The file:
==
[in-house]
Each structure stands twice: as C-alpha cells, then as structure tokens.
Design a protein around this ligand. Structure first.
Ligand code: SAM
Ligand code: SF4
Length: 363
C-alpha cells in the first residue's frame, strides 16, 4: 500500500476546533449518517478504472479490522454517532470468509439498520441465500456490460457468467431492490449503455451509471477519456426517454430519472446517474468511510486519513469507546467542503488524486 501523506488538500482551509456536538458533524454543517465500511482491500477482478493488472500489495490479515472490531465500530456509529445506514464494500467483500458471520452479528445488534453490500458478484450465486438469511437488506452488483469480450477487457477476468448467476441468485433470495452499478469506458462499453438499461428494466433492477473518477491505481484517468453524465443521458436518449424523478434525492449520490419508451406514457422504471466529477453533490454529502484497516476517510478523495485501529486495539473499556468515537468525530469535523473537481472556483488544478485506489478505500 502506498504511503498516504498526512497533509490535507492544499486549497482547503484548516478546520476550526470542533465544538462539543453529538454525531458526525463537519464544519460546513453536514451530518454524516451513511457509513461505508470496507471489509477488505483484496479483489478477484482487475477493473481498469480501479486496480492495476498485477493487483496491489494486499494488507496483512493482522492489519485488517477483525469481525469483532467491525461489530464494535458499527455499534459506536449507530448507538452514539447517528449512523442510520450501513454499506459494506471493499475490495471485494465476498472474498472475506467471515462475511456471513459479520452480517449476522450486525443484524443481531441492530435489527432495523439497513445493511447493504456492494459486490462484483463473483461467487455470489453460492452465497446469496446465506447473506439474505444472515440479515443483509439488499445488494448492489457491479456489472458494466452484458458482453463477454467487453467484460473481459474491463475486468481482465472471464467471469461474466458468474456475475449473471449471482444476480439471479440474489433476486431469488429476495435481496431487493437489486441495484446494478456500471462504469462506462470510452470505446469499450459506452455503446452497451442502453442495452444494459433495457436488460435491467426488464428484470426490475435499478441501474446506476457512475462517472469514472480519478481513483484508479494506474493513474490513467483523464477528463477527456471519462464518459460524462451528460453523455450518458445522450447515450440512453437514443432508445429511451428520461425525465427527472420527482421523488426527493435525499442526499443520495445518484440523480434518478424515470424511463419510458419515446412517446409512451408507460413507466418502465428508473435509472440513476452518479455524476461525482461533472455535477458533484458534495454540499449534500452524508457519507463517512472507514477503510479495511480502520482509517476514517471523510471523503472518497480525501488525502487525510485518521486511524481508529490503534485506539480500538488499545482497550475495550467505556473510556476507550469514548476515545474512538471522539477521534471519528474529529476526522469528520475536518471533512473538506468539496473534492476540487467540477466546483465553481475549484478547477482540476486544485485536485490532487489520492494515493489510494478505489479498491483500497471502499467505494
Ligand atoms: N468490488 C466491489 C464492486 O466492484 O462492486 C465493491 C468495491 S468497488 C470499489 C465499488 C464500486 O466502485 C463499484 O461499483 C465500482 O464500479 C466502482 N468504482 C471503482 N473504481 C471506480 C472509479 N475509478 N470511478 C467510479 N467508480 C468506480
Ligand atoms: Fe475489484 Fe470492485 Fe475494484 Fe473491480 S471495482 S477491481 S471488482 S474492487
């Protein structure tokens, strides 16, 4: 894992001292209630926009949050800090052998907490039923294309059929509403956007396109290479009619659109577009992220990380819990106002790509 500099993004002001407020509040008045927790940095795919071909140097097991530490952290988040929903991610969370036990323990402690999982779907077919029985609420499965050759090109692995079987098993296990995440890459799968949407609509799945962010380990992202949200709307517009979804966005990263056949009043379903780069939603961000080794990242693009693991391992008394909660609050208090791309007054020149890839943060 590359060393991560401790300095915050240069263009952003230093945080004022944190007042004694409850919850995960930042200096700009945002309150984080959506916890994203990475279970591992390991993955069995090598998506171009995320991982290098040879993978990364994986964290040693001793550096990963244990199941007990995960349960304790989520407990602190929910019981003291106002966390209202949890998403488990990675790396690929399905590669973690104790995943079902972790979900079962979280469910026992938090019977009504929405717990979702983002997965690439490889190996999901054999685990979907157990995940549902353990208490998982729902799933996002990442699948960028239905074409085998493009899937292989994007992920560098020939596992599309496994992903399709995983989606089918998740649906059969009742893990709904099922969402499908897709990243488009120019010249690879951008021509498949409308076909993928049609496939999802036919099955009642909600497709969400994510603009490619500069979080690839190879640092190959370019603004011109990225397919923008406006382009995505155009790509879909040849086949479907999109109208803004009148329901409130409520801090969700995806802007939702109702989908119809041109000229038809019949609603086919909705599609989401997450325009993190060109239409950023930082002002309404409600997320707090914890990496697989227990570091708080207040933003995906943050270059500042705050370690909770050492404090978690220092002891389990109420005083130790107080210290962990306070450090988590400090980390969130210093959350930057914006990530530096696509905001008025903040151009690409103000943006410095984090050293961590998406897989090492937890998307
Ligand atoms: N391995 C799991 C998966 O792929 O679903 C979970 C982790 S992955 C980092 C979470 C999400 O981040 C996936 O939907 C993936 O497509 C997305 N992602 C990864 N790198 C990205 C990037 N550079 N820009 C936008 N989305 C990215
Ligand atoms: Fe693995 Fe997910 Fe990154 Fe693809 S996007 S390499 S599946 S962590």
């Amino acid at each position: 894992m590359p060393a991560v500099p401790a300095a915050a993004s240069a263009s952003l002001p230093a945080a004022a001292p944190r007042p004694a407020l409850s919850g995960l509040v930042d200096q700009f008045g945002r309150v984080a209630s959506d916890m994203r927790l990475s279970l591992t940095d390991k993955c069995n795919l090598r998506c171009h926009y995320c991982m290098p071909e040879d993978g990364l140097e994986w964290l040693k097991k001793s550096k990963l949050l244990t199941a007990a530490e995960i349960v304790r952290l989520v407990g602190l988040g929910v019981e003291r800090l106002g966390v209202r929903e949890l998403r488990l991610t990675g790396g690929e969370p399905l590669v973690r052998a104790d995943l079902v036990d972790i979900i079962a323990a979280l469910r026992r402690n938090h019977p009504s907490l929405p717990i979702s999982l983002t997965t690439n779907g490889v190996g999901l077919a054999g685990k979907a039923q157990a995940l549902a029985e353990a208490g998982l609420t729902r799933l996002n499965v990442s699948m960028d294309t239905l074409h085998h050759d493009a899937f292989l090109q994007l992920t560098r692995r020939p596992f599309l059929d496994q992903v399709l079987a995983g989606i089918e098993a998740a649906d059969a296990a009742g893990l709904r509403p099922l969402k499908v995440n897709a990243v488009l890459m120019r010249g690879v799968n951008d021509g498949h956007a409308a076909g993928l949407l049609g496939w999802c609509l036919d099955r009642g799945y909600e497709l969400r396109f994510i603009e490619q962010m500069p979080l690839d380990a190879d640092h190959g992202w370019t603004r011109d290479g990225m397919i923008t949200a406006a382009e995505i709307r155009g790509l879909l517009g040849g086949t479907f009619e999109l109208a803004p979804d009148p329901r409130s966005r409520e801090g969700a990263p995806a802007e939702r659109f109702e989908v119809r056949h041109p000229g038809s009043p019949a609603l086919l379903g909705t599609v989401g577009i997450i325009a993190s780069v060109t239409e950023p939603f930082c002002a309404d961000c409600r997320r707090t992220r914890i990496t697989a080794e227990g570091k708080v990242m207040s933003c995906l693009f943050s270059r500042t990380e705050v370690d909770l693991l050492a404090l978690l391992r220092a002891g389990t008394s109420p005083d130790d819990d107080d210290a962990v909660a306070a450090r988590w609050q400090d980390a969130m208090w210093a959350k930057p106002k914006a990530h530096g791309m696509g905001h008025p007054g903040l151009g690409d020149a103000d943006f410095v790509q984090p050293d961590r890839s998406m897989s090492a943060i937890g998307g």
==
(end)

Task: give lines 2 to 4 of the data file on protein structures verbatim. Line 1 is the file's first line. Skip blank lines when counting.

Each structure stands twice: as C-alpha cells, then as structure tokens.
Design a protein around this ligand. Structure first.
Ligand code: SAM